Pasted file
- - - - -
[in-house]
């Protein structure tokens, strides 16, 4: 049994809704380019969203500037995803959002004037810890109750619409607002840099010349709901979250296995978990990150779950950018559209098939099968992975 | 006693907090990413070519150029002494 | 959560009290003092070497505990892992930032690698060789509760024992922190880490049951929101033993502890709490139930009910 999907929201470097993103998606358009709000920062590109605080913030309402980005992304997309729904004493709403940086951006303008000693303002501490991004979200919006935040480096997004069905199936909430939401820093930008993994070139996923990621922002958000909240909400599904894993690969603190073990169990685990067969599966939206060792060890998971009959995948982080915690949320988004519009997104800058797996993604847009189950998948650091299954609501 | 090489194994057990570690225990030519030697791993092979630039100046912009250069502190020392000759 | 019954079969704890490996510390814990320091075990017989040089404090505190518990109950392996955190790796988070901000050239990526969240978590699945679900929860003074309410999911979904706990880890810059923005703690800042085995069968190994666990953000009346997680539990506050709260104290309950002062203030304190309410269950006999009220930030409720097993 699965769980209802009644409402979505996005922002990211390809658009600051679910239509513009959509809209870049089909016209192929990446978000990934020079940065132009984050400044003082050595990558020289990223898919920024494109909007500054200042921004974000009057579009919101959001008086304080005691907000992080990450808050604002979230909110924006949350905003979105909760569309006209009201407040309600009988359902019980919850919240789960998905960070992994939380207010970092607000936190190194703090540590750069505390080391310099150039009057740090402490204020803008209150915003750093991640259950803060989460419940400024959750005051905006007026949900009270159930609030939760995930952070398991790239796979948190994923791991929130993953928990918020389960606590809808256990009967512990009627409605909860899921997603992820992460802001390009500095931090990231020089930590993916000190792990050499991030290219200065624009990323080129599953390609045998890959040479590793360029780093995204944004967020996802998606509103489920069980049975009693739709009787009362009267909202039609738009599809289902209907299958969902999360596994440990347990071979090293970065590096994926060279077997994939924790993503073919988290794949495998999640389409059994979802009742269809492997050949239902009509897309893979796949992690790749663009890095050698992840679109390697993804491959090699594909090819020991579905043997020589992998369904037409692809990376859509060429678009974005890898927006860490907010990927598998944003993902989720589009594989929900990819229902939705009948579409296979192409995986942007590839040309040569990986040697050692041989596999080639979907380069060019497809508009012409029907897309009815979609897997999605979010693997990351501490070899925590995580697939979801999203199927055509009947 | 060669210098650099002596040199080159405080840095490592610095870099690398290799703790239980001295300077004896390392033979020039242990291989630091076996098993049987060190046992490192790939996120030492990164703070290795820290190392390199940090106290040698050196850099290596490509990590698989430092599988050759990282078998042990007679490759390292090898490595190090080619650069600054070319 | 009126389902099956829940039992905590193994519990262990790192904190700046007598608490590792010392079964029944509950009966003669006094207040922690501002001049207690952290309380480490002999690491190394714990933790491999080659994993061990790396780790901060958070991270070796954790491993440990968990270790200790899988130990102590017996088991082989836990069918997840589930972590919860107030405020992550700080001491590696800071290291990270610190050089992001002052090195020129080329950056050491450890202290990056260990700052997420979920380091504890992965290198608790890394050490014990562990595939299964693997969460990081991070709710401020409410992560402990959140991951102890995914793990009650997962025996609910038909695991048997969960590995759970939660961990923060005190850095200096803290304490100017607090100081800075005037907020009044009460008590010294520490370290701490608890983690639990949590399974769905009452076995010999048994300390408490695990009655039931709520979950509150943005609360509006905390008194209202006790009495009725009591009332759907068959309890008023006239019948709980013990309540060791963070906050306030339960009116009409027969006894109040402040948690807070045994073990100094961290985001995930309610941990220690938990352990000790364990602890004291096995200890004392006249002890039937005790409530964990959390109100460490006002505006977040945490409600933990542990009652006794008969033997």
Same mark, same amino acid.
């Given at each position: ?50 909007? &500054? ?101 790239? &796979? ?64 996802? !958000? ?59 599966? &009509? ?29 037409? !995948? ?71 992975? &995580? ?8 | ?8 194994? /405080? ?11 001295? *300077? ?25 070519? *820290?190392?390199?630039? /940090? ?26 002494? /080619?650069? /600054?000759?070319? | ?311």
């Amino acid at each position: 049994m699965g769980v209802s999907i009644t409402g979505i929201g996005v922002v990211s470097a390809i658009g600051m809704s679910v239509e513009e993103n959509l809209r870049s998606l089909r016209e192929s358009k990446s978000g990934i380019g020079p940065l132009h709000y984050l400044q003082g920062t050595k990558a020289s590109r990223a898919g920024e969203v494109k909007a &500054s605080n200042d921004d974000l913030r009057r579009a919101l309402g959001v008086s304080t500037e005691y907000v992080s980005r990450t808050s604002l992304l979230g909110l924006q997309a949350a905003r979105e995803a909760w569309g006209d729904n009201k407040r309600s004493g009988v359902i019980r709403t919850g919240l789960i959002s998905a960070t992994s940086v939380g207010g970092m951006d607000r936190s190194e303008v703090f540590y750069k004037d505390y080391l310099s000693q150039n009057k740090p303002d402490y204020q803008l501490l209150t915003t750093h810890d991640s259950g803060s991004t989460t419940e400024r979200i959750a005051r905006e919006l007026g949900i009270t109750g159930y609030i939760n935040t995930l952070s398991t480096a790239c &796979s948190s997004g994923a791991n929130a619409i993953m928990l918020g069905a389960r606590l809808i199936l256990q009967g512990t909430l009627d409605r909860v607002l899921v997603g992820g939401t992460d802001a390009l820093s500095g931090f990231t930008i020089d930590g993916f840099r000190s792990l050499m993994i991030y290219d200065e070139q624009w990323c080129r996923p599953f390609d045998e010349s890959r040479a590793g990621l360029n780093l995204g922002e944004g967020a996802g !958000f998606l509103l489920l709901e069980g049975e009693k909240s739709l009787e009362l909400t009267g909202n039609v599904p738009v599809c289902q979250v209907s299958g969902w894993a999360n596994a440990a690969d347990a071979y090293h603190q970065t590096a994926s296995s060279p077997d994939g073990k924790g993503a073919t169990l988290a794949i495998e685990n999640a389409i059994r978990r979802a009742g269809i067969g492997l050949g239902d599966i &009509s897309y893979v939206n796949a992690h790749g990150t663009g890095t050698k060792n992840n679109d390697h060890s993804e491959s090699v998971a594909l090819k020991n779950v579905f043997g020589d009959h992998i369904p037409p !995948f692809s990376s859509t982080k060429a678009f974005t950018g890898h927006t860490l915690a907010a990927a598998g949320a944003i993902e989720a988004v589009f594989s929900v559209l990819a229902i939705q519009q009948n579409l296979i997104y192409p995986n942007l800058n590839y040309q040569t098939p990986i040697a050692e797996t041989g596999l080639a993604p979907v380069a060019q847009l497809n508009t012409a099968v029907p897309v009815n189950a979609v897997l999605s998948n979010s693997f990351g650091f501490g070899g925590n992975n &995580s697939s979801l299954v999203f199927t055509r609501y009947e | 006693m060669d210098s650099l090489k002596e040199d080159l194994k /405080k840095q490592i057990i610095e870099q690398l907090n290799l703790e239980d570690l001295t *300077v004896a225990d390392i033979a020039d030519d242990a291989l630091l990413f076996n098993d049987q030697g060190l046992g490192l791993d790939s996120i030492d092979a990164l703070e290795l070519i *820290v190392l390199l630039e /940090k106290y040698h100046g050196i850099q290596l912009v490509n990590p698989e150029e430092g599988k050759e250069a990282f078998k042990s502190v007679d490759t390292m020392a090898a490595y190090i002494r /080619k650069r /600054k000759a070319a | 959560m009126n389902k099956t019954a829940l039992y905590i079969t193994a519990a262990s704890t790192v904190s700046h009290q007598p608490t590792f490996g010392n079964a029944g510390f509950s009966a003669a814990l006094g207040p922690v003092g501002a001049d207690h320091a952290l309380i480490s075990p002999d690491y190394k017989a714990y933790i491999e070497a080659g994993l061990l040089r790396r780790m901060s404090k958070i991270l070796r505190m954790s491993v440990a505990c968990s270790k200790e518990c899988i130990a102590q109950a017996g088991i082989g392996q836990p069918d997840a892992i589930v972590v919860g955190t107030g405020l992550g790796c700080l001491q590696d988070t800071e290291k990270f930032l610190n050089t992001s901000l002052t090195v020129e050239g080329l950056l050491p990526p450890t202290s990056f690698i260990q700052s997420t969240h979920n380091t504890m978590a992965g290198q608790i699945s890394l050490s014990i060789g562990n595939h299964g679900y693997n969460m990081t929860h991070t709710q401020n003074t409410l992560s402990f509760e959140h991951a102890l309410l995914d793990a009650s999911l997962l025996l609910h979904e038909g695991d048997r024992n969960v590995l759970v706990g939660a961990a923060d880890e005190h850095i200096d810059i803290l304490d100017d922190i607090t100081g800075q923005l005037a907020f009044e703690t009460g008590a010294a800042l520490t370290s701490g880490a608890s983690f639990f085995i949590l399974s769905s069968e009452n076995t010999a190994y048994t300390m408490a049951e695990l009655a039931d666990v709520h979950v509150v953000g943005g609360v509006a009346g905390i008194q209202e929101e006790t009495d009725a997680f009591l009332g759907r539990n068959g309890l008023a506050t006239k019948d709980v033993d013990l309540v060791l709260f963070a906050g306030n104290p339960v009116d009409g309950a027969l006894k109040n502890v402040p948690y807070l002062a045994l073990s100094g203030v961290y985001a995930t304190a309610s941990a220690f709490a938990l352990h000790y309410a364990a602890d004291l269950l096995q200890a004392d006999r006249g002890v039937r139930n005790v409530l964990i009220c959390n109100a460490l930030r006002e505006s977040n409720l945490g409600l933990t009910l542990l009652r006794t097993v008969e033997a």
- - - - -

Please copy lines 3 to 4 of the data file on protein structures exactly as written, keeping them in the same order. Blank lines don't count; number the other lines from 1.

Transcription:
Same mark, same amino acid.
């Given at each position: ?50 909007? &500054? ?101 790239? &796979? ?64 996802? !958000? ?59 599966? &009509? ?29 037409? !995948? ?71 992975? &995580? ?8 | ?8 194994? /405080? ?11 001295? *300077? ?25 070519? *820290?190392?390199?630039? /940090? ?26 002494? /080619?650069? /600054?000759?070319? | ?311």